Plus-size people are often marginalized so much that they feel like the sidekick in the story of their skinnier, more conventionally attractive friends' lives. It's a stereotype reinforced regularly in film and TV shows, and one many bigger people unconsciously ascribe to.

But body-positivity activist Michelle Elman is literally calling bullshit. 

Elman recently took to Instagram to debunk this stereotype.

"There's a stereotype around being the 'fat girl' in a friendship group.

"She's the one who sits on the sidelines and never joins in. She's the one perpetually single and sits silently while all her friends discuss their love life because god forbid, if she actually find a boyfriend, she would never be comfortable naked or in the bedroom. She's the insecure one, the one constantly complaining about her body and talking about diets.

"I couldn't call bullshit more on this stereotype."

Elman's words are paired with this striking image, a photo she shared from an outing with her skinnier friend. The two of them look jubilant and are unapologetically enjoying their adventures with their tummies out. Along with the above quote, she expanded:

photo: Instagram/mindsetforlife

"Since the age of 11, I have always been the 'fat' friend but I have never been THAT girl. Even with all my insecurities around my scars, and my body in general, I was never the girl who sat inside - I refused to because of my pride and ego and my surgeries never let me be the person who missed out on life."

Time and perspective have changed all that for Elman.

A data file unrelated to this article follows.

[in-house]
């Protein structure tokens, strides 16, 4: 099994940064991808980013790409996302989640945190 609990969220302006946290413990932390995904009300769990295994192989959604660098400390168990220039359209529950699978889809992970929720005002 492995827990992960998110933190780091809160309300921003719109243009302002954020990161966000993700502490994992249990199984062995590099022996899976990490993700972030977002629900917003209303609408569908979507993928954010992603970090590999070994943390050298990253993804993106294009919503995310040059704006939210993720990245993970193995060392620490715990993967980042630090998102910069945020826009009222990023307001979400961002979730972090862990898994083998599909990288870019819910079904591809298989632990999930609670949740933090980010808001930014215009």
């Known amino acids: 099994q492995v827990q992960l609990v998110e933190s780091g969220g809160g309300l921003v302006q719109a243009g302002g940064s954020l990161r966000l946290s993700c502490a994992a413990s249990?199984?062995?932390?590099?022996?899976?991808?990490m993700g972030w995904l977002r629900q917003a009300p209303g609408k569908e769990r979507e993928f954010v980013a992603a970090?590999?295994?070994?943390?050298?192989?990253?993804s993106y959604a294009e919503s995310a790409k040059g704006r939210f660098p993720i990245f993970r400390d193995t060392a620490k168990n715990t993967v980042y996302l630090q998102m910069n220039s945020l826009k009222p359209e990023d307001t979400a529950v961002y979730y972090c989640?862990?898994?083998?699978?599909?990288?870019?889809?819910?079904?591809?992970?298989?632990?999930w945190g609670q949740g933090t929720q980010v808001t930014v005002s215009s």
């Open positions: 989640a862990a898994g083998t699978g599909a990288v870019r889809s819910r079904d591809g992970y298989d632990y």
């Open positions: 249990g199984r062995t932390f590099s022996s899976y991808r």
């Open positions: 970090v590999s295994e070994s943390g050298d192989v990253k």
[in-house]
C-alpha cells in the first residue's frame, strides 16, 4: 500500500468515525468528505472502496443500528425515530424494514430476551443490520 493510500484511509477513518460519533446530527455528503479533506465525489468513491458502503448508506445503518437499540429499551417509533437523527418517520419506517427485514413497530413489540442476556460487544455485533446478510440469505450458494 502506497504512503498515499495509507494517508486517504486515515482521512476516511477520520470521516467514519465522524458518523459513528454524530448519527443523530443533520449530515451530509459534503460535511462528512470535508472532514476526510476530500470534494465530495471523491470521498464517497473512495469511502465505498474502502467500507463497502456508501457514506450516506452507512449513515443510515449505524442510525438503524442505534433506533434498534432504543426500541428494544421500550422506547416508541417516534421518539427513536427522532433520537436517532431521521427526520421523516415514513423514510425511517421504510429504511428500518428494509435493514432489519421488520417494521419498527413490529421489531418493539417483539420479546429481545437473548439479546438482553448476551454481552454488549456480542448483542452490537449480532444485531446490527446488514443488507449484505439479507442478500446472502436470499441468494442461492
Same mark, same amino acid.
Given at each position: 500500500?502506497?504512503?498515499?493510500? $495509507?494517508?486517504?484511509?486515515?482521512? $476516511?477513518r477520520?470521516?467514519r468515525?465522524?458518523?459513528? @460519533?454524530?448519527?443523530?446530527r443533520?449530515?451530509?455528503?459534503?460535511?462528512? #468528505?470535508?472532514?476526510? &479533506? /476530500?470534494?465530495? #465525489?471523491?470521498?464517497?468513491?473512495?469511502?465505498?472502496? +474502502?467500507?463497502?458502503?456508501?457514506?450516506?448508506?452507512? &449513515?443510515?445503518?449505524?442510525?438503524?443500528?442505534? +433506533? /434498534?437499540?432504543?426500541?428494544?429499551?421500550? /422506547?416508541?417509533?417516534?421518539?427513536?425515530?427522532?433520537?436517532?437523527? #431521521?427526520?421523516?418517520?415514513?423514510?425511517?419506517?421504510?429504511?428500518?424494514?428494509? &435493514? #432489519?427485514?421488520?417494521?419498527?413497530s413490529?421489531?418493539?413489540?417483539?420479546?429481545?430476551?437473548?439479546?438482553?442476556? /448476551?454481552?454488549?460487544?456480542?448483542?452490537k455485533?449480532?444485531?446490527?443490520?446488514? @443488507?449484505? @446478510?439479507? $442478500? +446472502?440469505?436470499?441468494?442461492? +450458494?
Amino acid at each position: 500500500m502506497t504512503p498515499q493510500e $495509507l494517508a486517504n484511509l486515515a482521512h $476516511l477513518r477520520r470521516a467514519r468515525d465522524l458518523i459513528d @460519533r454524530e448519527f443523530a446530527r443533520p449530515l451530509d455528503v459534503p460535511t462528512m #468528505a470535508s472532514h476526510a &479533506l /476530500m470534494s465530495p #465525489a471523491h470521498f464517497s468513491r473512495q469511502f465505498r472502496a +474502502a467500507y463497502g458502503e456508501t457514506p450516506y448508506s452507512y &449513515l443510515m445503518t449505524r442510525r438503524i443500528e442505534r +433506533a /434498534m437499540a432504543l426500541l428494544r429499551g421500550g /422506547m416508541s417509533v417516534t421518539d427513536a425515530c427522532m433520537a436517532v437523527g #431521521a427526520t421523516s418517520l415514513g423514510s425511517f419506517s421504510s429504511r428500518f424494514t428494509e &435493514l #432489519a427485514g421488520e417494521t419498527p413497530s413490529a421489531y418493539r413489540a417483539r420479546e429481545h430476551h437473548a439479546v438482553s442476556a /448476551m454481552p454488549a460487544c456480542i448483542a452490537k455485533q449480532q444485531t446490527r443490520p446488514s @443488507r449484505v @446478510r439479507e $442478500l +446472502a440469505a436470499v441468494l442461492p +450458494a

"The difference between now and then is that there's no hesitation, there are no second thoughts and when my friend suggested jumping in the Fjord, I was all 'Hell yeah!' Before I would have said yes reluctantly, spent the time hiding as much of my body as possible until the last moment, definitely worn a top and definitely wouldn't have taken photos, let alone been in them.

"Now, I'm the one suggesting photos, I was the first to whip off my top and the thought that my body was different wasn't there."

The worst thing you can let that fear do to you, according to Elman, is hold you back.

"The fact that I know many girls, fat or skinny, would miss out on opportunities like this is what fuels my body positivity. Body positivity isn't about being able to take underwear selfies, it's about not letting your underwear or your swimsuit be the reason you aren't taking part."

Most importantly though, if you surround yourself with positivity, you'll get it back ten-fold.

"...ultimately when you are around the right people, you won't EVER feel like the 'fat friend.' I don't look at these pictures and see me as the odd one out. I look at the pictures and see the memories and the three bodies that we had fun in!"